Reagan W. Hejl, Benjamin G. Wherley, and Charles H. Fontanier
Turfgrass landscapes provide numerous functional and aesthetic benefits in urban environments ( Beard and Green, 1994 ); however, supplemental water, via irrigation, is often required when rainfall is not sufficient to sustain plant health
Chase M. Straw, Rebecca A. Grubbs, Kevin A. Tucker, and Gerald M. Henry
Performance testing of natural turfgrass sports fields requires sampling to obtain information on surface properties (e.g., soil moisture, soil compaction, surface hardness, and turfgrass vigor) ( Carrow et al., 2010 ; McAuliffe, 2008 ). Several
Kari L. Hugie and Eric Watkins
Turfgrass species traditionally used in residential and commercial lawns in Minnesota, such as kentucky bluegrass ( P. pratensis ) and perennial ryegrass ( L. perenne ), can require significant management inputs to maintain acceptable cover and
Eric Watkins, Andrew B. Hollman, and Brian P. Horgan
irrigation water use standards that limit the amount of irrigation water that can be applied to turfgrass ( USEPA, 2009 ). As restrictions continue to increase, golf course managers will need options for managing turf that are not viewed as risks to the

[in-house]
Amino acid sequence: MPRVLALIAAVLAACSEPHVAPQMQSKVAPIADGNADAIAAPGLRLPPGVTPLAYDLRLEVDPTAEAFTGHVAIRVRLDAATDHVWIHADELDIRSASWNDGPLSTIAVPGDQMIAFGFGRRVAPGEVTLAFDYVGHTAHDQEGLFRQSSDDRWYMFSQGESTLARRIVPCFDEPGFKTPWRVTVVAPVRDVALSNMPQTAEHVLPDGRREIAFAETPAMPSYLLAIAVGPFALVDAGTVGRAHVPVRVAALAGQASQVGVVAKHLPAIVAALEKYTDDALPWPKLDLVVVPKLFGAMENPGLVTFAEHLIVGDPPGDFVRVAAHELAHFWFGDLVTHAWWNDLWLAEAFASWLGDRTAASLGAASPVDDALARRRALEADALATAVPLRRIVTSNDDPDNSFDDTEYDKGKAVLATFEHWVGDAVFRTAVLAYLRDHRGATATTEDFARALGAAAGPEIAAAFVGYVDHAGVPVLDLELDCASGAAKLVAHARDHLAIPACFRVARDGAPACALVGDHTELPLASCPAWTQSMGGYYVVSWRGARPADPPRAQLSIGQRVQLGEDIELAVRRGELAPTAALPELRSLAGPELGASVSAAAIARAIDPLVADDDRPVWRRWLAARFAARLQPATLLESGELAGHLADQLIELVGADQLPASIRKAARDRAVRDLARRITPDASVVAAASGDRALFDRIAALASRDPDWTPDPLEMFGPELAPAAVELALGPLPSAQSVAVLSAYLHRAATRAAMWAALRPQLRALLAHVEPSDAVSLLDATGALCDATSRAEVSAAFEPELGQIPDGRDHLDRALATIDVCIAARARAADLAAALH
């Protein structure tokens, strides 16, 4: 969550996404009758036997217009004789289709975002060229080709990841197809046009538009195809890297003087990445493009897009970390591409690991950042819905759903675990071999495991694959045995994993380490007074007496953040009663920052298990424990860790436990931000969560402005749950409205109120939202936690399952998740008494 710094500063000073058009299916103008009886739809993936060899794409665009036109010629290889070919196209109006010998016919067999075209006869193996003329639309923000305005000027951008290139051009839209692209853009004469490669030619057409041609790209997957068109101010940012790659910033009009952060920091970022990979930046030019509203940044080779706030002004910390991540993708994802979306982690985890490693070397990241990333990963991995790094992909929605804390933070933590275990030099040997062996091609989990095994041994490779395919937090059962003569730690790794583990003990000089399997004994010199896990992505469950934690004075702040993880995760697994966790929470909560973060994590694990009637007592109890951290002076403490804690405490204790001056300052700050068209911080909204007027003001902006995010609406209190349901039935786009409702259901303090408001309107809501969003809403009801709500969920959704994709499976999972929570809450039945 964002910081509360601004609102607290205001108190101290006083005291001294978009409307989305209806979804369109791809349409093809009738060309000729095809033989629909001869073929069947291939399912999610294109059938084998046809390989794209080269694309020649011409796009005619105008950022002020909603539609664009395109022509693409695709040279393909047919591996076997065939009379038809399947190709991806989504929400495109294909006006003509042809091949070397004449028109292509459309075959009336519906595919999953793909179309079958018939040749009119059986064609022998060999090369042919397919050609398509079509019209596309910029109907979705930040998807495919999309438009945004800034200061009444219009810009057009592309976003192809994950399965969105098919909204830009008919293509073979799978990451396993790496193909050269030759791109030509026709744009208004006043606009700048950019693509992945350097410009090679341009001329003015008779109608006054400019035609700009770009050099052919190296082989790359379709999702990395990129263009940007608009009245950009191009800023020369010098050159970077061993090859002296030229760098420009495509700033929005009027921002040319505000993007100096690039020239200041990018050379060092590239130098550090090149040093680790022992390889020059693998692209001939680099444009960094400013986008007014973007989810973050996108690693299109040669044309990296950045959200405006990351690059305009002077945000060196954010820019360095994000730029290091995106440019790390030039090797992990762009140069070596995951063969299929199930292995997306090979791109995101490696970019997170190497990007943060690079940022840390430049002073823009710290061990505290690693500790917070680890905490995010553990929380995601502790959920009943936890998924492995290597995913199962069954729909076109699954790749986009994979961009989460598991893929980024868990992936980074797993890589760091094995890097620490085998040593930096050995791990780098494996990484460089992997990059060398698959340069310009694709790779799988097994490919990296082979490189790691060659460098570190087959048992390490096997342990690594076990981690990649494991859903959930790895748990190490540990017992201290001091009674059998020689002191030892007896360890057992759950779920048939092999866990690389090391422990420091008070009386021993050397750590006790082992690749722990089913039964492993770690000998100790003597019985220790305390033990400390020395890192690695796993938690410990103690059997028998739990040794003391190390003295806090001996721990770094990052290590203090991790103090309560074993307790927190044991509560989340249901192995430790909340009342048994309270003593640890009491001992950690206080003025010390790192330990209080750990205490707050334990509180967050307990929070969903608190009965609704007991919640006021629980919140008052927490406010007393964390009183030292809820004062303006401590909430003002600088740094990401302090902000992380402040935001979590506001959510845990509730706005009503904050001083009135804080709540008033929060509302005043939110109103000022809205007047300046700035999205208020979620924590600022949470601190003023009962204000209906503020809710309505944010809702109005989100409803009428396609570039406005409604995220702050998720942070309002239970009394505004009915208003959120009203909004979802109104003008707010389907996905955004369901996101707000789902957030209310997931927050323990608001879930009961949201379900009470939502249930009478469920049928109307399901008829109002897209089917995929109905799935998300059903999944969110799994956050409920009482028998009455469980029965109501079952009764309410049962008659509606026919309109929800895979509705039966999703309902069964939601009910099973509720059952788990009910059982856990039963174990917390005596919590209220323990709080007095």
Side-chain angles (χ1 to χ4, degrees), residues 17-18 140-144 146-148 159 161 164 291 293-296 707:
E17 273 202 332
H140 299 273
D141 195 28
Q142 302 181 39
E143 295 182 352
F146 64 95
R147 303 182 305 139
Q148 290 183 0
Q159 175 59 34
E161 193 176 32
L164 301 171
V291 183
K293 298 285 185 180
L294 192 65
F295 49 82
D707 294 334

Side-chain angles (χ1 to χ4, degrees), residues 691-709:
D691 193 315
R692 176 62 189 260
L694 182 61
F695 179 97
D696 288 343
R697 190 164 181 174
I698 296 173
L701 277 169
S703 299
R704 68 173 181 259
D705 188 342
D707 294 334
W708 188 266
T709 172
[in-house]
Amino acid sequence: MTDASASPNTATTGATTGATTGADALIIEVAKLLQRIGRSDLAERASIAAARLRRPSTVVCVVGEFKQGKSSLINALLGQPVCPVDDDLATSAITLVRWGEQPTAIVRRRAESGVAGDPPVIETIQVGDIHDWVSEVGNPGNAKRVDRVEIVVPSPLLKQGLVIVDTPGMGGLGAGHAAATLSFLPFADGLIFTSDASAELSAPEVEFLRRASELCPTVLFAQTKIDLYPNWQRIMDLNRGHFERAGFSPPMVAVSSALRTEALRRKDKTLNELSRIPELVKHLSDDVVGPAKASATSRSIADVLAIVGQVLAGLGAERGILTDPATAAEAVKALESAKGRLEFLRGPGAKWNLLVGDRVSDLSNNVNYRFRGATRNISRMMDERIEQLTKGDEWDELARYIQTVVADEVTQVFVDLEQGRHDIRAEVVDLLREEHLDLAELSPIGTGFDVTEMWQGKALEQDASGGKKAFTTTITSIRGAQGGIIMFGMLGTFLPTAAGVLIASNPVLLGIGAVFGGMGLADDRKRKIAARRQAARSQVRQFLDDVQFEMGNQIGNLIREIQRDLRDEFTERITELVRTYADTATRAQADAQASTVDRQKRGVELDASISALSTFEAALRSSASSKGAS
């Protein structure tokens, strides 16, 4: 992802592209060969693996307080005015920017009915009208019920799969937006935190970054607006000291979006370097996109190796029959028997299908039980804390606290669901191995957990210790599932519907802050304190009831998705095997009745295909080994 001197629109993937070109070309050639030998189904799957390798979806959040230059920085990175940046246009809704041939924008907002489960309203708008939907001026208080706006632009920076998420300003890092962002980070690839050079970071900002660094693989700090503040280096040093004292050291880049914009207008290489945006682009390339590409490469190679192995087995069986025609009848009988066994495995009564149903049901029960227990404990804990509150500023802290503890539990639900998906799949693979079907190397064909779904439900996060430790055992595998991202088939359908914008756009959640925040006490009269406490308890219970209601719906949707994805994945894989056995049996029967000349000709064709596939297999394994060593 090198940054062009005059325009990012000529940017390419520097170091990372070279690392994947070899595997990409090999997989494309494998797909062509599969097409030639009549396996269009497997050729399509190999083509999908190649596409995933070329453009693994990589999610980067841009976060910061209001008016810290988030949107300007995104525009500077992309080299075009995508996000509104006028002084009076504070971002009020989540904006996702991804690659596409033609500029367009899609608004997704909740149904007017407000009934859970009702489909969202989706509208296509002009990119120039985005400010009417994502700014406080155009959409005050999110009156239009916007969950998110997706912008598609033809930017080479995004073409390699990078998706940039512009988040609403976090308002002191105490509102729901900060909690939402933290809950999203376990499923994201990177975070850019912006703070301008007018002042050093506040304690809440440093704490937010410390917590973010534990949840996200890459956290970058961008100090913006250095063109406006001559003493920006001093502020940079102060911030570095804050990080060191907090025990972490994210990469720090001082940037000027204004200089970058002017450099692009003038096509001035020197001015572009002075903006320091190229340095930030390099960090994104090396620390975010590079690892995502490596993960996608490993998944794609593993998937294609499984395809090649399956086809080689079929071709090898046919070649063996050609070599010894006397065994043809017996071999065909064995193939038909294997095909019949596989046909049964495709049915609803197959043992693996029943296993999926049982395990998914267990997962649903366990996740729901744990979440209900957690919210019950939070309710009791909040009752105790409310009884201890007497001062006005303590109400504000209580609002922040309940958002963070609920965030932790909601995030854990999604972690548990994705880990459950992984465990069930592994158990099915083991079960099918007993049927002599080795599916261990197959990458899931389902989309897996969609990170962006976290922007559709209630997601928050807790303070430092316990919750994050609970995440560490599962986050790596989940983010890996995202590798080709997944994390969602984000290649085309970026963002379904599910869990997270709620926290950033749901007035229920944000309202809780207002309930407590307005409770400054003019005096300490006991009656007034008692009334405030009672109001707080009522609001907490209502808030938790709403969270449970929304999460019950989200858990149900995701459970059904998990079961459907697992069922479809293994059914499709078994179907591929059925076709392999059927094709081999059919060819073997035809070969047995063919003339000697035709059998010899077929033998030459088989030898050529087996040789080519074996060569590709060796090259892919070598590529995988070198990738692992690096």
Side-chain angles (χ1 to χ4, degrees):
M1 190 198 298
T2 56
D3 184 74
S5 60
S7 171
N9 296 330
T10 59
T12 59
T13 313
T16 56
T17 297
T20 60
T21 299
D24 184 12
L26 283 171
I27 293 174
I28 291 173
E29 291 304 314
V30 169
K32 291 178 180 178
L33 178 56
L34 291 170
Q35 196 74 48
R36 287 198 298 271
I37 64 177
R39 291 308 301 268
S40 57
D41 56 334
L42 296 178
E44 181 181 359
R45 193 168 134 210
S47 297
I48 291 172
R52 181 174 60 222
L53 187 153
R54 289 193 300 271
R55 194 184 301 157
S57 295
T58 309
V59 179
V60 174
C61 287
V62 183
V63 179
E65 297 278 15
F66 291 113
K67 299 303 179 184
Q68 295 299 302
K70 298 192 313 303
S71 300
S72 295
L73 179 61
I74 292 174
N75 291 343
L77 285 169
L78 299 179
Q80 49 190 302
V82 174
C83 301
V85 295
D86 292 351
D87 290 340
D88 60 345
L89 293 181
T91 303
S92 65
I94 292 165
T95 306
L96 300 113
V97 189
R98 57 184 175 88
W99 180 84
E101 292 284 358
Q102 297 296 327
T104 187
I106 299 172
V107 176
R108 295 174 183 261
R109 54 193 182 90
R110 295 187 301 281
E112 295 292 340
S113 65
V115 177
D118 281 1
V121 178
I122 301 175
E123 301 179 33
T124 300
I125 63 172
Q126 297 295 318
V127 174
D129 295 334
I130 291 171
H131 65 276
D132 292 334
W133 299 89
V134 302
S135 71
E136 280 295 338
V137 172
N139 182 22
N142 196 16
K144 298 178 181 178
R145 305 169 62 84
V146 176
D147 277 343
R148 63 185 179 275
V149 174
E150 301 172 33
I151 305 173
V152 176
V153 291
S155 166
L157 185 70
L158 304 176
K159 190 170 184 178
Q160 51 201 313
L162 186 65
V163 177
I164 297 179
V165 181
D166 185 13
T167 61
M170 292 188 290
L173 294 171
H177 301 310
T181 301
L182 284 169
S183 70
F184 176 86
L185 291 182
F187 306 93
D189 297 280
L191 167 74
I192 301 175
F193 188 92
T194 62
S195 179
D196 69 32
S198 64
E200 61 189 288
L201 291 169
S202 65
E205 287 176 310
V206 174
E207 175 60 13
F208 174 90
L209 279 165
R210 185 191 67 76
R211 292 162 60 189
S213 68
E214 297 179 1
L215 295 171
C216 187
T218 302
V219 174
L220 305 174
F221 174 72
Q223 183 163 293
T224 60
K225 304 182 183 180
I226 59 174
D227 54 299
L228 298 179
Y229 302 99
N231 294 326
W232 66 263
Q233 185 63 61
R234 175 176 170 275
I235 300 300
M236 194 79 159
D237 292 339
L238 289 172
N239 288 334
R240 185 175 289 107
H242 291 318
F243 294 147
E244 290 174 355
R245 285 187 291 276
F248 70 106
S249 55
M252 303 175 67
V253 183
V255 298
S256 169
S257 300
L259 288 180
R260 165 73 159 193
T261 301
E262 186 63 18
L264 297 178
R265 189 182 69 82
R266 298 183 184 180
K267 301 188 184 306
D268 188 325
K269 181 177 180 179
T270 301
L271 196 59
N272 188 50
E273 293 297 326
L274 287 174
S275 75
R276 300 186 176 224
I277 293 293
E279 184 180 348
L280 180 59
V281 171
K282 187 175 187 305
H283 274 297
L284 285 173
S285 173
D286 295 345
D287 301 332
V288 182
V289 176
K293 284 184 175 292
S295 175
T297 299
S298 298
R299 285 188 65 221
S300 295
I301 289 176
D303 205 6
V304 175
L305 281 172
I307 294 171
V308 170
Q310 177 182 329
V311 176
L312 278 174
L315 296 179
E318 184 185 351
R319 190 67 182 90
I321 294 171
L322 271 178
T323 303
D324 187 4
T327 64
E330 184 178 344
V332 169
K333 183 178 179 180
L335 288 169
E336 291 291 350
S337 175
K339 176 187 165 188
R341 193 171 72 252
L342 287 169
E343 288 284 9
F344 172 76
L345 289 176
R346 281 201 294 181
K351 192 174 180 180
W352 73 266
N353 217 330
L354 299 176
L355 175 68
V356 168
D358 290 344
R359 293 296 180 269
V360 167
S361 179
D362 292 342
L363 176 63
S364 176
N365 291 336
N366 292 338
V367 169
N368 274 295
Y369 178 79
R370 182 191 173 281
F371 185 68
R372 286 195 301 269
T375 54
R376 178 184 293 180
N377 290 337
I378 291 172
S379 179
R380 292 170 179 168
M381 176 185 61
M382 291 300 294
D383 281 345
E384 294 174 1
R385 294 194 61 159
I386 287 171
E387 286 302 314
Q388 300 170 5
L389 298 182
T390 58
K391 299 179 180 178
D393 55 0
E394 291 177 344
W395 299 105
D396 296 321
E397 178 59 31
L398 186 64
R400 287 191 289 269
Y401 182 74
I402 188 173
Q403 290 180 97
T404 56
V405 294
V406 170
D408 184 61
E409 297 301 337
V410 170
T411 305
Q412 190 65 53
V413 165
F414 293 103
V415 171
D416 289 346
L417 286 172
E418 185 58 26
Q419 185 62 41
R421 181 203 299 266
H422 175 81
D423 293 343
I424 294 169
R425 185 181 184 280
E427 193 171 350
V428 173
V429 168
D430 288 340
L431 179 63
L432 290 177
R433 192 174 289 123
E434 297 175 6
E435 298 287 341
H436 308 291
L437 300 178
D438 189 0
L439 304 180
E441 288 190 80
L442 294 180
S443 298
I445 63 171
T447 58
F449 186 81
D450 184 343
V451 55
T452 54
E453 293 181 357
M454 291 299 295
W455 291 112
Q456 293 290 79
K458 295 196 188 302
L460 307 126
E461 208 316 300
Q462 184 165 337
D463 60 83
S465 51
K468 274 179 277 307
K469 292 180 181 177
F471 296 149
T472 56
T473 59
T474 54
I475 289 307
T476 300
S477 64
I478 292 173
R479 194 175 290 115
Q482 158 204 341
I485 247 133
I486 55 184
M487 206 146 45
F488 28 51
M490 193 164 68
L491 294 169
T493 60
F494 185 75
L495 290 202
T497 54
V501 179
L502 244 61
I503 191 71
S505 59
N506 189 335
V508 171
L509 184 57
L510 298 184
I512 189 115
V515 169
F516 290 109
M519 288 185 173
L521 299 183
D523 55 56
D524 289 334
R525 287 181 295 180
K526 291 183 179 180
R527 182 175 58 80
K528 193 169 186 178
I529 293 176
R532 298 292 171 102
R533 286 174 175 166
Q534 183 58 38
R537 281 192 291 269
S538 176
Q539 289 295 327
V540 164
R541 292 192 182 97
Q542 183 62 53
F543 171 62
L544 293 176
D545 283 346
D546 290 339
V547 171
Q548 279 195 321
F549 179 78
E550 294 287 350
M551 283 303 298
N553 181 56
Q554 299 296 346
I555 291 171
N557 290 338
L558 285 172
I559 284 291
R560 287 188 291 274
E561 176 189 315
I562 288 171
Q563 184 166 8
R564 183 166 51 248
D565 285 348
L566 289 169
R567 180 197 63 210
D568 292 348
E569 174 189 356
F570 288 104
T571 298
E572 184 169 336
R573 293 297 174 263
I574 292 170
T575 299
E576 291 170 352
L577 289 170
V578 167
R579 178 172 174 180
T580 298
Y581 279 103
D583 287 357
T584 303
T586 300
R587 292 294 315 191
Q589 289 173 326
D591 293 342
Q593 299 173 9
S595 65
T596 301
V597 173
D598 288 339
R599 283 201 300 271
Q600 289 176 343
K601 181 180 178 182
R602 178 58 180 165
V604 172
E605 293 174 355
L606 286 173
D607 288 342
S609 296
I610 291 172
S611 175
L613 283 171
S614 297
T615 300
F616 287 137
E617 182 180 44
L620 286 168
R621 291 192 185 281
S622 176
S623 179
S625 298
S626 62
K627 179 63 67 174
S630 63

George C.J. Fernandez and Belinda Love
Twenty-five commercially available turfgrass cultivars were evaluated for cumulative evapotranspiration (ETcum) attributes under progressive water stress for 0 to 21 and 0 to 24 days using the gravimetric mass balance method in two greenhouse studies. At the end of the water-stress treatment, the cultivars were scored visually for their green appearance on a 0 (no green) to 10 (100% green) scale. The Gompertz nonlinear model gave a best fit to ETcum vs. days adjusted for pan evaporation variation in the greenhouse compared with monomolecular and logistic nonlinear regression models. Two ETcum attributes—maximum evapotranspiration rates (ETmax) and inflection time (ti) (the time when the change in ET becomes zero)—were estimated for each cultivar using the Gompertz model. Based on final ETcum, ETmax, ti, and greenness score, `Bristol', `Challenger', and `Wabash' Kentucky bluegrass (Poa pratensis L.); `Shademaster' creeping fescue (Festuca rubra L.); `FRT-30149' fine fescue (F. rubra L.); and `Aurora' hard fescue (F. ovina var. duriuscula L. Koch.) were identified as low water-use cultivars.